Submitted by Oliver Kershaw (not verified) on

I find your conflation of the electronic cigarette industry with the tobacco industry frankly disingenuous. There is no evidence that any of the increased lobbying over the last period is anything to do with tobacco's interests in the segment. The reality is that this latest lobbying effort is, in most part, being organised by users, and they are not astro turfed in any meaningful sense; I don't doubt that funds for certain activities are provided by electronic cigarette suppliers, but the leaders of the effort are singularly identifiable individuals, or consumer groups with no financial or fiduciary relationships to the electronic cigarette industry.

FYI, it's an indictment of the fact that the industry itself has been developed by an entrepreneurial class with no links to corporate power that the lobbying efforts have been controlled by consumers! It is they, after all, that stand to lose the most by having these products removed (which they surely will under the current TPD draft). Frankly, I'm quite cross that the industry hasn't managed to effectively lobby on its own terms, but they have locked out of the debate precisely because of their (incorrectly) perceived links to tobacco. It's a real shame, because it leaves the MEPs open to the accusation that they don't really have their constituents' issues at heart: a highly damaging accusation, especially in these times of increased Euro-skepticism.

I understand your wish to expose tobacco and corporate lobbying generally, but you're dead wrong on this.

Incidentally, the 'distribution of free samples' is a very leading way of describing what that particular company did: they sent out a device to MEPs, because they believed (correctly) that the MEPs had no real idea what the product actually looks like or does. Educational, in other words, and nothing sinister at all. Yes, they went for the PR on it, but what company wouldn't?

Disclaimer, I am the founder of e-cigarette-forum.com, and have a financial interest in the continuation of the industry. But having an interest does not necessarily place one on the wrong side of the argument.

Submitted by Lenny Stubbs (not verified) on

I wish to second the above comments. As members of the e-cigarette industry, it is very hard to come across as unbiased, but Oliver Kershaw's highly coherent and logical arguments above had me nodding with agreement throughout.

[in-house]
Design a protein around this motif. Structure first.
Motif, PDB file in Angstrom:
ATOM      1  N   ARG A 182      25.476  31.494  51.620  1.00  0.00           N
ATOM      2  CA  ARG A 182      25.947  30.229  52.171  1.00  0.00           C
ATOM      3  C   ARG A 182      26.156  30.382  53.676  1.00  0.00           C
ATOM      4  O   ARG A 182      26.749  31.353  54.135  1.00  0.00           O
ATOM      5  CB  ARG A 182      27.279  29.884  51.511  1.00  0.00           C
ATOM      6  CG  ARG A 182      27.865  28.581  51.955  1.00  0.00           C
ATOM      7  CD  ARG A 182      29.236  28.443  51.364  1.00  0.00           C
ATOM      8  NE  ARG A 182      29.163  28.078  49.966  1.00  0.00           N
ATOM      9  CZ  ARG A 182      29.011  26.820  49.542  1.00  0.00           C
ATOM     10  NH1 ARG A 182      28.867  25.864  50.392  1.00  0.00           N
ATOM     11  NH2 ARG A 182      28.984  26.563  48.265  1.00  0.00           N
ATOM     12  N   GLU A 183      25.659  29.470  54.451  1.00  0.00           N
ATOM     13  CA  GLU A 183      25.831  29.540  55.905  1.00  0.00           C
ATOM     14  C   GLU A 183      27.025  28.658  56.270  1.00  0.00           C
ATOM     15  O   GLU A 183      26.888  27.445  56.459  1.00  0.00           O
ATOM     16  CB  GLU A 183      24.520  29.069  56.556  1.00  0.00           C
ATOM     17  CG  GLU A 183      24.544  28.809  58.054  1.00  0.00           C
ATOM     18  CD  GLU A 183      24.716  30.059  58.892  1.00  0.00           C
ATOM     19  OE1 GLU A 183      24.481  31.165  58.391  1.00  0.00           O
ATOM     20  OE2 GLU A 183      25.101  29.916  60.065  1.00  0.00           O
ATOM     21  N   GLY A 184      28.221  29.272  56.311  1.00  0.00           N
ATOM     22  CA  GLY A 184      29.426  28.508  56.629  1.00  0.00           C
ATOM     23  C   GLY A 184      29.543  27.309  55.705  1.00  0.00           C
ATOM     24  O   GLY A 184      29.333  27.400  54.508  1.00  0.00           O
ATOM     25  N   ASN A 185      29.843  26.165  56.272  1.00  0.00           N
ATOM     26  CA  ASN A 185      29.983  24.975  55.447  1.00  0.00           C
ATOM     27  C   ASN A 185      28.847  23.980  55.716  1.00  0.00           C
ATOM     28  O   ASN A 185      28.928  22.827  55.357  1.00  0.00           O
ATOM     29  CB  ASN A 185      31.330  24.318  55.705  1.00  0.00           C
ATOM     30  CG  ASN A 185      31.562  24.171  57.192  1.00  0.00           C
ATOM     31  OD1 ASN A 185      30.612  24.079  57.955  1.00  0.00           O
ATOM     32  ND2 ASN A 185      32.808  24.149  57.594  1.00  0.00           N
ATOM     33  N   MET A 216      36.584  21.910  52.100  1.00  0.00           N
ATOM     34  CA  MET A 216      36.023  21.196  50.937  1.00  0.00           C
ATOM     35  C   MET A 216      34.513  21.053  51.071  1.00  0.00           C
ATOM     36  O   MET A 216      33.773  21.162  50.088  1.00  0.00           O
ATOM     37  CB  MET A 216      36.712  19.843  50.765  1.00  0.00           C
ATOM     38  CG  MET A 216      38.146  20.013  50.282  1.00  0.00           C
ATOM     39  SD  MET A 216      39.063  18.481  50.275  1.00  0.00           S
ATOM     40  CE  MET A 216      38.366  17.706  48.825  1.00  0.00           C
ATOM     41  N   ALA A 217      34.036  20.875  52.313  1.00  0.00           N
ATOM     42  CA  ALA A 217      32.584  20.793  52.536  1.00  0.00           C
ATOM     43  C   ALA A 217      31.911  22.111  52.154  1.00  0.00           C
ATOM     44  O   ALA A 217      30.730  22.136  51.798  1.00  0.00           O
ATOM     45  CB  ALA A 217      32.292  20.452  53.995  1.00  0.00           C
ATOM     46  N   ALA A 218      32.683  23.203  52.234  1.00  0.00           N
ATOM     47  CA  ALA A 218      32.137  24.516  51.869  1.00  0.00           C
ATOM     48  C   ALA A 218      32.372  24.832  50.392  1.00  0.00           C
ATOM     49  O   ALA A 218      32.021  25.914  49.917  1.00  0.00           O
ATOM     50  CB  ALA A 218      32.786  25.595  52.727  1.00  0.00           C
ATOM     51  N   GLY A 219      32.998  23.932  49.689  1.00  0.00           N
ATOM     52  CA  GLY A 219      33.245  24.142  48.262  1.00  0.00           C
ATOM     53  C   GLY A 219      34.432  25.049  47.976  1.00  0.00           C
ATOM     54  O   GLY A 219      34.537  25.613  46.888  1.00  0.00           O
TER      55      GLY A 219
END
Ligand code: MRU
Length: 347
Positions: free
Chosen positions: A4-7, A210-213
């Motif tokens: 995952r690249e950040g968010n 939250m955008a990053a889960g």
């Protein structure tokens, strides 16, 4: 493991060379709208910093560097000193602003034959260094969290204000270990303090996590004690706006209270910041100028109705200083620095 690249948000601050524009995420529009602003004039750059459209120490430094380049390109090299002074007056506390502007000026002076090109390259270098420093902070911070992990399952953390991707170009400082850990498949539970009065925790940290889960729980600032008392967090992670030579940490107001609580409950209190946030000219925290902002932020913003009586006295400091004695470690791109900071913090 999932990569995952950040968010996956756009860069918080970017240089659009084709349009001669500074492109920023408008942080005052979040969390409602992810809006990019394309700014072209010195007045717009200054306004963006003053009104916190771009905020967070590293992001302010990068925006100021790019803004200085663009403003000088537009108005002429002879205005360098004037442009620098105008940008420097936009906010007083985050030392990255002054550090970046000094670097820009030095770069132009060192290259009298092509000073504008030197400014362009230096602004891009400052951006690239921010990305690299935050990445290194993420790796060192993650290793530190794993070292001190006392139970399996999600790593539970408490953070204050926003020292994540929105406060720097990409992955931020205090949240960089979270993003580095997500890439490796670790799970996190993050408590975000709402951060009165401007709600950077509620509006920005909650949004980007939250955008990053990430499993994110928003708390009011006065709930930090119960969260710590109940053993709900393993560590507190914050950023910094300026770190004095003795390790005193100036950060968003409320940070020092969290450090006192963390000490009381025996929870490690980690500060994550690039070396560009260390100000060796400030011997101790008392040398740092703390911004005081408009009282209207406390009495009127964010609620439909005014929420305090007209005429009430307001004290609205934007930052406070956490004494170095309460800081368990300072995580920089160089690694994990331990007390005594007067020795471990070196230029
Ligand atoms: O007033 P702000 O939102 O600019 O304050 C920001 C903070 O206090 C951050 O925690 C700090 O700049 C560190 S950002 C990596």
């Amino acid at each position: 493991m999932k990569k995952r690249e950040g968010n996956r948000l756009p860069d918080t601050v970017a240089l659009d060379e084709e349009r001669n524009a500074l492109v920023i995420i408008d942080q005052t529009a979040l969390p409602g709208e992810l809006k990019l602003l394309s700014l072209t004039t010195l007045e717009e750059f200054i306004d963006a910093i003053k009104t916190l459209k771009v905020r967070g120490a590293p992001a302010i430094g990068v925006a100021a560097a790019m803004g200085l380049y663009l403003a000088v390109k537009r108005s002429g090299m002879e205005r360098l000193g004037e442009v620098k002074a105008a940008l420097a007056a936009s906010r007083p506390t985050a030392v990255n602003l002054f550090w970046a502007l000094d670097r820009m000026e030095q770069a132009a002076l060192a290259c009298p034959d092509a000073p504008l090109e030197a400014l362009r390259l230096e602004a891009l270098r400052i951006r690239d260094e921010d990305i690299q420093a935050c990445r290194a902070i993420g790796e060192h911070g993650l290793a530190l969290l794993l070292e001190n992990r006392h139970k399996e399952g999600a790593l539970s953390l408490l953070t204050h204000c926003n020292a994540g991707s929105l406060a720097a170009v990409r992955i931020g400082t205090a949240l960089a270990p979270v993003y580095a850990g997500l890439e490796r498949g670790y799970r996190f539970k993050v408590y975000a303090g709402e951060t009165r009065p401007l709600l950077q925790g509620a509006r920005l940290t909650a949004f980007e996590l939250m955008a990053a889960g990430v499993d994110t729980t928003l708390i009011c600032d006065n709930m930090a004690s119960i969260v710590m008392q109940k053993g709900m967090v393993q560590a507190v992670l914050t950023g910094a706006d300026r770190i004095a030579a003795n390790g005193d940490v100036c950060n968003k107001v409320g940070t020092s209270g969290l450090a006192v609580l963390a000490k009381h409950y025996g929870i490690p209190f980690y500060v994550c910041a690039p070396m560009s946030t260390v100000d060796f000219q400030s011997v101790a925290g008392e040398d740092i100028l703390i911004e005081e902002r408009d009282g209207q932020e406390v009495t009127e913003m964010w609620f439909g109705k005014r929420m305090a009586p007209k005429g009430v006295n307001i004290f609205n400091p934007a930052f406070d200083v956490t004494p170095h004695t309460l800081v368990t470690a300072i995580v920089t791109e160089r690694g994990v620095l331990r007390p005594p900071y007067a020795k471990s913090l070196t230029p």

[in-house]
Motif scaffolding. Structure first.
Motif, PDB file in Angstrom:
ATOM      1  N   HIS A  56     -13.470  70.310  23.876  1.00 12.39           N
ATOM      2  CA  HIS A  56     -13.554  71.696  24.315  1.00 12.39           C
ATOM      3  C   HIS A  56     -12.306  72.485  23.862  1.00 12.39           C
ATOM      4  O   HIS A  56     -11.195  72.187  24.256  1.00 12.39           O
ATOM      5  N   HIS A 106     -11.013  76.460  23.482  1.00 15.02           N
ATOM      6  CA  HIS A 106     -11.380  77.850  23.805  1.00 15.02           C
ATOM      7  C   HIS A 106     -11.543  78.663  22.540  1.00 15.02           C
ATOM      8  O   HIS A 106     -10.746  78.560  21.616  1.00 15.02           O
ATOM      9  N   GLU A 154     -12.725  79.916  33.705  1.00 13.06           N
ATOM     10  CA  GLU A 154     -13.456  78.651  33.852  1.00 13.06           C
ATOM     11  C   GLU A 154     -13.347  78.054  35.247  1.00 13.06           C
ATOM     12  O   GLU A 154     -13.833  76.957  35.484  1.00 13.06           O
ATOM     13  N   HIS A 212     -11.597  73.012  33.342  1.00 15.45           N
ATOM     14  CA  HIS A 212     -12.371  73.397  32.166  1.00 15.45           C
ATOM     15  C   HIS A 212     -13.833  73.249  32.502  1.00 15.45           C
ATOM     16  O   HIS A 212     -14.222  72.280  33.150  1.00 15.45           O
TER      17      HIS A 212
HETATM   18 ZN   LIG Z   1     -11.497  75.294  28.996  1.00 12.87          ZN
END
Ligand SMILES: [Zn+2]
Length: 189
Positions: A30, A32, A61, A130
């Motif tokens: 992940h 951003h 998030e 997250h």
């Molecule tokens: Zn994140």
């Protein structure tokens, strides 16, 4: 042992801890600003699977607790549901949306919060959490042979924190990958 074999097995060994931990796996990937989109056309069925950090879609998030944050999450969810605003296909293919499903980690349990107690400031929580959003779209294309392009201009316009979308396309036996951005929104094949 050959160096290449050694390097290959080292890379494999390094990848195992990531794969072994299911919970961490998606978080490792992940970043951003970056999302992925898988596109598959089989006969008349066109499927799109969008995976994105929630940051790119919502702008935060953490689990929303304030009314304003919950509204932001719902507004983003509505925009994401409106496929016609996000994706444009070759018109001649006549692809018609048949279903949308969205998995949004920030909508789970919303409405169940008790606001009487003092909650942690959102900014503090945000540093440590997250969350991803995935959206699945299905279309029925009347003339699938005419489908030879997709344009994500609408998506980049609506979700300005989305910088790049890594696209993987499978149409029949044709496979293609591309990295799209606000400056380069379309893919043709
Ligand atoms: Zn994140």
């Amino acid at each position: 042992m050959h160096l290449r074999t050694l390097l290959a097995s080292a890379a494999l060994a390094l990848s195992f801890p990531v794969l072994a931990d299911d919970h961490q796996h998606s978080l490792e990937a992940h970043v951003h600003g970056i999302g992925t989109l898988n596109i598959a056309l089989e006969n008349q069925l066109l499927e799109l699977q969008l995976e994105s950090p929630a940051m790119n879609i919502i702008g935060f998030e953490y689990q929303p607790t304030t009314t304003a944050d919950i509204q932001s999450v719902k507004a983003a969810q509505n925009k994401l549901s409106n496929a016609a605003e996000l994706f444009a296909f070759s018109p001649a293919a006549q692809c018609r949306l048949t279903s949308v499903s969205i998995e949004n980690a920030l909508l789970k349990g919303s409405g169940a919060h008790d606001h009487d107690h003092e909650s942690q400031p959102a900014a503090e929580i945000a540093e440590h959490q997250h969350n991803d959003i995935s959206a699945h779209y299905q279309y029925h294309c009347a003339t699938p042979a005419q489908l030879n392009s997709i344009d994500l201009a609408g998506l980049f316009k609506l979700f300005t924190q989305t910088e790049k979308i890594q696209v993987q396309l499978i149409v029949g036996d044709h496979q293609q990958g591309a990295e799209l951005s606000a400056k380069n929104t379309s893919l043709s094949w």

Lenny Stubbs
Founder
The Electric Tobacconist Ltd
http://www.electrictobacconist.co.uk

Submitted by Anna Lawless (not verified) on

Is it inconceivable for you to see a genuine grass roots campaign by people who 'vape' to fight the attempt to remove that right? I don't know if you support the Tobacco Lobby (which wants medicalised ecigs in order to control the market() or Pharma who hope they'll sell more of there failure NRT, but how dare you accuse us of being corporate lobbyists! If you learnt that the EU were planning to pass laws that will make you ill and kill you, wouldn't you object? Why do you find it impossible to believe that ordinary people are so angry and so worried about your plans, which have no modern science backing them, that we write, use twitter, see MEPs when we can? We are capable of understanding how the EU works, our lives depend on it so we work fast and we are not stupid. There are millions of us in the EU, most know nothing about your plans, but they are in fact genocidal discrimination. We don't vape to stop using nicotine but to stop smoking tobacco and this is the only way that works. Even if MAs are granted the industry would be stifled, unable to innovate, and most vapers would start smoking again. I suspect that is what you want, you are tobacco company lobbyists. Why else should you want to get rid of the possibility of making smoking history?

Submitted by dave knox (not verified) on